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Throwback Thursday: Variations in the Haggadah text

T-S H2.152
T-S H2.152: Passover Haggadah with a Fifth Question.
Melonie Schmierer-Lee
Thu 14 Apr 2022

Our Throwback Thursday this week is taken from issue 55 of the printed edition of Genizah Fragments, published in April 2008, by Stefan C. Reif, Emeritus Professor of Medieval Hebrew at the University of Cambridge, and founder of the Genizah Research Unit:

At this time of the year, most Jewish families celebrate the first evening of Passover by recalling the biblical story of their ancestors’ exodus from Egypt at a domestic service called the seder (“order”), by way of a narrative entitled the haggadah (“recital”). This has, from at least the earliest rabbinic times, been a popular ritual, and it is therefore hardly surprising to find many relevant texts from the Genizah.
What may be surprising for those thoroughly familiar with the version as handed down in printed haggadah editions, and as chanted at the table through the generations, is that there are some remarkable variations between what came to be standard from about the twelfth century and what circulated in and around Egypt and the land of Israel in the period immediately beforehand, as documented in Genizah texts.
The qiddush toasts the festival over a glass of wine and introduces the proceedings. Its simple and standard format concentrates on God’s relationship with Israel and his gift of the festival.
In a number of Genizah texts (for example, T-S H2.124), it also contains a lengthy piece with detailed and poetic remarks about the historical origins of the festive day, including the sentence “on that day he brought his servants out of the iron furnace and rescued us” (כי בו הוציא את עבדיו מכור הברזל ואותנו מילט). The custom is noted but not forbidden by Sa‘adya Gaon in his prayerbook (pages 141–2).
Equally interesting is the addition at the conclusion of the qiddush not only of the blessing thanking God for our survival until this festival (שהחיינו), but also of the one used on Hanukkah and Purim, which offers gratitude for the miracles divinely performed for us (שעשה נסים לאבותנו), as in T-S H2.124, 152.
While the Exodus story is traditionally recited in Hebrew, there are Genizah texts in which parts of it appear in Aramaic (T-S H2.152). Many Genizah texts also include instructions in Judaeo-Arabic to guide the one leading the seder (T-S H2.112).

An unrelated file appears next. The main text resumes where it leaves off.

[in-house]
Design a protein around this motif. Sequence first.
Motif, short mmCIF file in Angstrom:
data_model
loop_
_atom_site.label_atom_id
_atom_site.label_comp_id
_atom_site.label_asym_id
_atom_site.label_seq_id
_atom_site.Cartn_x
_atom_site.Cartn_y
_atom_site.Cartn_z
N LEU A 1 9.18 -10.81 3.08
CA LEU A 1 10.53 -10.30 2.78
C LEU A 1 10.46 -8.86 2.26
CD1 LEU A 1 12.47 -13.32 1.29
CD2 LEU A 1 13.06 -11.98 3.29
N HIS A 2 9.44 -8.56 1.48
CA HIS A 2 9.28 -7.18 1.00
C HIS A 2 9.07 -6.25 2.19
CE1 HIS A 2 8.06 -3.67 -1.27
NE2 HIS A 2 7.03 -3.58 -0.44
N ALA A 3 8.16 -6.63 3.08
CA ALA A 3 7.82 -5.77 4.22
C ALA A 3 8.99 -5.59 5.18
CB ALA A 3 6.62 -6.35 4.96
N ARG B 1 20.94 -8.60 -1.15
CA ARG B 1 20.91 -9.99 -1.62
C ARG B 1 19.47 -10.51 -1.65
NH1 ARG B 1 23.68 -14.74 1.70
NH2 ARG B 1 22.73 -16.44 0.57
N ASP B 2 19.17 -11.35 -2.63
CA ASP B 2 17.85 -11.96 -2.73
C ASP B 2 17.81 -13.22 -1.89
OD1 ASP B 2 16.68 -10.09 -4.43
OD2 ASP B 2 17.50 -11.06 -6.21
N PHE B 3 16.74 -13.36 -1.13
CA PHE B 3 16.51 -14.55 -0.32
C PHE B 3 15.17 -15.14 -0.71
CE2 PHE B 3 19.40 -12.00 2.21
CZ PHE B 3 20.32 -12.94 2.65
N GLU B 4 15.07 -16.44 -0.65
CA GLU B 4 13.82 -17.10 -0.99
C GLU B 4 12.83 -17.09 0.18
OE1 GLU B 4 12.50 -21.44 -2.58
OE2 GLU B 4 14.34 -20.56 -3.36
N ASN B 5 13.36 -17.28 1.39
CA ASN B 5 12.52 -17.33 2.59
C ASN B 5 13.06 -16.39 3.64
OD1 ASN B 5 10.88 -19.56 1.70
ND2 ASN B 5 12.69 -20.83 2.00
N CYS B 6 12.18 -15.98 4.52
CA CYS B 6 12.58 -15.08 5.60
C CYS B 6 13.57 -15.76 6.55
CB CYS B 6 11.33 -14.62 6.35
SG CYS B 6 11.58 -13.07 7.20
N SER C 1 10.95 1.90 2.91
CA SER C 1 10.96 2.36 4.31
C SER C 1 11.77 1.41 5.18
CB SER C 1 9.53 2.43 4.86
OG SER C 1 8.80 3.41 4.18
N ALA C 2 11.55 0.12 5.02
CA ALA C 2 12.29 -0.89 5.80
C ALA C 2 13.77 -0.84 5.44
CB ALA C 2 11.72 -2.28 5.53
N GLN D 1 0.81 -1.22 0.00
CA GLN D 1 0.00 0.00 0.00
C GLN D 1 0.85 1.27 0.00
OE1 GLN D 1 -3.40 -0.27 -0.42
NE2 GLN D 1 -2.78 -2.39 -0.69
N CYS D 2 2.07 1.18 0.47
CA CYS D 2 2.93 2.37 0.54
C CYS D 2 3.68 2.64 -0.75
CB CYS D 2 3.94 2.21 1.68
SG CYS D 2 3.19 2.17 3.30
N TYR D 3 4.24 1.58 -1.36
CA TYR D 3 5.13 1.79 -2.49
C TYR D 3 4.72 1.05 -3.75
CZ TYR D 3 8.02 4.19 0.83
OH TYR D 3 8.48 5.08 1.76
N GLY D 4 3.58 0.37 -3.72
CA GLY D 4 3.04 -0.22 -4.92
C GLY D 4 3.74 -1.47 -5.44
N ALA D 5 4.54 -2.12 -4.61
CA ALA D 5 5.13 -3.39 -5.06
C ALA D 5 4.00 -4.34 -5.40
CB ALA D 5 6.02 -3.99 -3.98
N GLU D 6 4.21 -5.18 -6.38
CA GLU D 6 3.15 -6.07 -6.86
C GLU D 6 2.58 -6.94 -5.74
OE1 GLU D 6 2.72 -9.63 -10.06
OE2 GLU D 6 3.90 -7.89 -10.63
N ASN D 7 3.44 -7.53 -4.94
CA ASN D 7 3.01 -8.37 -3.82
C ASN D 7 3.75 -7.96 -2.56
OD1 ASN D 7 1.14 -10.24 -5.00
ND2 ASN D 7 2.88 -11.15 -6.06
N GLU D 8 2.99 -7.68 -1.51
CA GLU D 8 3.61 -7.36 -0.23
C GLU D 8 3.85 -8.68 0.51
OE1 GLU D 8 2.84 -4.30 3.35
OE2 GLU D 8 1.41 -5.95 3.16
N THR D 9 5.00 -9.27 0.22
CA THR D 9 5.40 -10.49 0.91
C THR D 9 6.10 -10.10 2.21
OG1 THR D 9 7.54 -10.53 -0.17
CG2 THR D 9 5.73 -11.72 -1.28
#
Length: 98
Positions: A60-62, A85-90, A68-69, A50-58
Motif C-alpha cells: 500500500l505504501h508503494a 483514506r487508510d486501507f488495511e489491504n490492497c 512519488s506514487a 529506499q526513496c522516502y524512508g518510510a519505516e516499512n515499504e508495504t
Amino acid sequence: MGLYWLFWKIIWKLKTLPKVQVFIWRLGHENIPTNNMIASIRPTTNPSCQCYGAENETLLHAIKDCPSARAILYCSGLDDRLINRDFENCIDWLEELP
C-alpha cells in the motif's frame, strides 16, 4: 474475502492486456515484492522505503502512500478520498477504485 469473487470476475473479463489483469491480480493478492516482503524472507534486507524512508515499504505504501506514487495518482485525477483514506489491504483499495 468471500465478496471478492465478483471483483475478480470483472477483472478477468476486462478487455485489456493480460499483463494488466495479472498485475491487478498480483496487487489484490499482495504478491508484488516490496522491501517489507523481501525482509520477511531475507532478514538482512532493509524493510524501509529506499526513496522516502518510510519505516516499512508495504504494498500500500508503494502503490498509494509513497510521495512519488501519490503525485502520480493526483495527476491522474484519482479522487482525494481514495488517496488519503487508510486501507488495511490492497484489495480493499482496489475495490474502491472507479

Most intriguing of all is the mah nishtanah passage traditionally recited by the youngest participant. From the early Middle Ages, this has consisted of four questions about the matzah (unleavened bread), the sharp-tasting vegetables, the two instances of dipping one item into another before eating it, and the custom of reclining at the table.
The passage is recorded in the Mishnah (Pesaḥim 10.4) and dates from at least the first century. Its earliest form probably referred to only three topics: the dipping, the matzah and the roast meat, the last-mentioned referring to the consumption of part of the paschal lamb just sacrificed in the Temple. Order and content then gradually underwent change.
Obviously, at some stage, the inclusion of this question about the roast lamb became dubious, because it was no longer relevant. But some Jews in the tenth-century land of Israel still included it, though in a different form, as recorded in Genizah text T-S H2.152: “On normal nights, we eat meat that is either roasted, stewed or boiled; but tonight we used to eat, in the Temple, only roast: והלילה הזה היינו אוכלים בבית המקדש כולו צלי.
The custom of eating roast lamb had apparently continued in some communities in post-talmudic times, but those responsible for this amendment had evidently ceased the practice and considered the question illogical. They could not, however, bring themselves to eliminate it completely.
Most of the Genizah versions are noted by the Babylonian geonic authorities as customs (often followed in the Jewish homeland) that should be discontinued. Their view prevailed in practical liturgy, but the Genizah texts have preserved the evidence.

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